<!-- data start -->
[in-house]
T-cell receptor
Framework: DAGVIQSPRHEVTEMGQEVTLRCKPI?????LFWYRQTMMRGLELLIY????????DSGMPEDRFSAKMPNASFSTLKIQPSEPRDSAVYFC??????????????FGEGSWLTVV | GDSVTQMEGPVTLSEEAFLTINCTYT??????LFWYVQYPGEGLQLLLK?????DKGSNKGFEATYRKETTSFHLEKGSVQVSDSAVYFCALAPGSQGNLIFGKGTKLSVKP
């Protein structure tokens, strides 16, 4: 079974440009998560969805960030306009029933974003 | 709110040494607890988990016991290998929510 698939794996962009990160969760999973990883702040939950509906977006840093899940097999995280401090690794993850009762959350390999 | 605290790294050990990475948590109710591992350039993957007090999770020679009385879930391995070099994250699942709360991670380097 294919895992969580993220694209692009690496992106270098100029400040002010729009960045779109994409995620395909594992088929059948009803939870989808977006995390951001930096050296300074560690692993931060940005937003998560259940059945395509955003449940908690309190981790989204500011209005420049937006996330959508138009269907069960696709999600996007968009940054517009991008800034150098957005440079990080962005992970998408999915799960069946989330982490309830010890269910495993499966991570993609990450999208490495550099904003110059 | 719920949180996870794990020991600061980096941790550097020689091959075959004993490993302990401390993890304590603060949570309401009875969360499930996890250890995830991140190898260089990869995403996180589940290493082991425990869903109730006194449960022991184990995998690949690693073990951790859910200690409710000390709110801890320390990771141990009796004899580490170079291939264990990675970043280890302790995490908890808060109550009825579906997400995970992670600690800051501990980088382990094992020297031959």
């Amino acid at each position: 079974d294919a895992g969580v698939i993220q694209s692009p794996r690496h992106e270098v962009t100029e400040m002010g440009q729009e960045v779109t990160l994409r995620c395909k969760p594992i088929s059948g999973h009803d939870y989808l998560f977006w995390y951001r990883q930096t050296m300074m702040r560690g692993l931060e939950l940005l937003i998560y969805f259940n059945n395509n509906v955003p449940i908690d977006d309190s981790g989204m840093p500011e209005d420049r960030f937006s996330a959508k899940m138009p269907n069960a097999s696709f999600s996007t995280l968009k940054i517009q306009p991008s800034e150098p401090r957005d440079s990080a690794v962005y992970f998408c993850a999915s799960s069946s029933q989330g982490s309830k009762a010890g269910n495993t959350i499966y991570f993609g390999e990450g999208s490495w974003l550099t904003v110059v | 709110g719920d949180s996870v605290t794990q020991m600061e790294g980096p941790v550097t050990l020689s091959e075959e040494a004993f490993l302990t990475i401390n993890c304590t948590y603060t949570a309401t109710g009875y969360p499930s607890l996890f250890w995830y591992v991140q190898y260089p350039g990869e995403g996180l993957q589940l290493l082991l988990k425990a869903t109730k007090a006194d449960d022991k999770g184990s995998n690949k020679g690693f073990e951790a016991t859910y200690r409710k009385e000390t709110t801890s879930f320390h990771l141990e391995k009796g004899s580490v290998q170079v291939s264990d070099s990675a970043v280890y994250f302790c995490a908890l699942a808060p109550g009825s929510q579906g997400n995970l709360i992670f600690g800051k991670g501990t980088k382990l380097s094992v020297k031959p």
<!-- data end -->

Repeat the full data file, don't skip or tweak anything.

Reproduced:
[in-house]
T-cell receptor
Framework: DAGVIQSPRHEVTEMGQEVTLRCKPI?????LFWYRQTMMRGLELLIY????????DSGMPEDRFSAKMPNASFSTLKIQPSEPRDSAVYFC??????????????FGEGSWLTVV | GDSVTQMEGPVTLSEEAFLTINCTYT??????LFWYVQYPGEGLQLLLK?????DKGSNKGFEATYRKETTSFHLEKGSVQVSDSAVYFCALAPGSQGNLIFGKGTKLSVKP
């Protein structure tokens, strides 16, 4: 079974440009998560969805960030306009029933974003 | 709110040494607890988990016991290998929510 698939794996962009990160969760999973990883702040939950509906977006840093899940097999995280401090690794993850009762959350390999 | 605290790294050990990475948590109710591992350039993957007090999770020679009385879930391995070099994250699942709360991670380097 294919895992969580993220694209692009690496992106270098100029400040002010729009960045779109994409995620395909594992088929059948009803939870989808977006995390951001930096050296300074560690692993931060940005937003998560259940059945395509955003449940908690309190981790989204500011209005420049937006996330959508138009269907069960696709999600996007968009940054517009991008800034150098957005440079990080962005992970998408999915799960069946989330982490309830010890269910495993499966991570993609990450999208490495550099904003110059 | 719920949180996870794990020991600061980096941790550097020689091959075959004993490993302990401390993890304590603060949570309401009875969360499930996890250890995830991140190898260089990869995403996180589940290493082991425990869903109730006194449960022991184990995998690949690693073990951790859910200690409710000390709110801890320390990771141990009796004899580490170079291939264990990675970043280890302790995490908890808060109550009825579906997400995970992670600690800051501990980088382990094992020297031959």
């Amino acid at each position: 079974d294919a895992g969580v698939i993220q694209s692009p794996r690496h992106e270098v962009t100029e400040m002010g440009q729009e960045v779109t990160l994409r995620c395909k969760p594992i088929s059948g999973h009803d939870y989808l998560f977006w995390y951001r990883q930096t050296m300074m702040r560690g692993l931060e939950l940005l937003i998560y969805f259940n059945n395509n509906v955003p449940i908690d977006d309190s981790g989204m840093p500011e209005d420049r960030f937006s996330a959508k899940m138009p269907n069960a097999s696709f999600s996007t995280l968009k940054i517009q306009p991008s800034e150098p401090r957005d440079s990080a690794v962005y992970f998408c993850a999915s799960s069946s029933q989330g982490s309830k009762a010890g269910n495993t959350i499966y991570f993609g390999e990450g999208s490495w974003l550099t904003v110059v | 709110g719920d949180s996870v605290t794990q020991m600061e790294g980096p941790v550097t050990l020689s091959e075959e040494a004993f490993l302990t990475i401390n993890c304590t948590y603060t949570a309401t109710g009875y969360p499930s607890l996890f250890w995830y591992v991140q190898y260089p350039g990869e995403g996180l993957q589940l290493l082991l988990k425990a869903t109730k007090a006194d449960d022991k999770g184990s995998n690949k020679g690693f073990e951790a016991t859910y200690r409710k009385e000390t709110t801890s879930f320390h990771l141990e391995k009796g004899s580490v290998q170079v291939s264990d070099s990675a970043v280890y994250f302790c995490a908890l699942a808060p109550g009825s929510q579906g997400n995970l709360i992670f600690g800051k991670g501990t980088k382990l380097s094992v020297k031959p």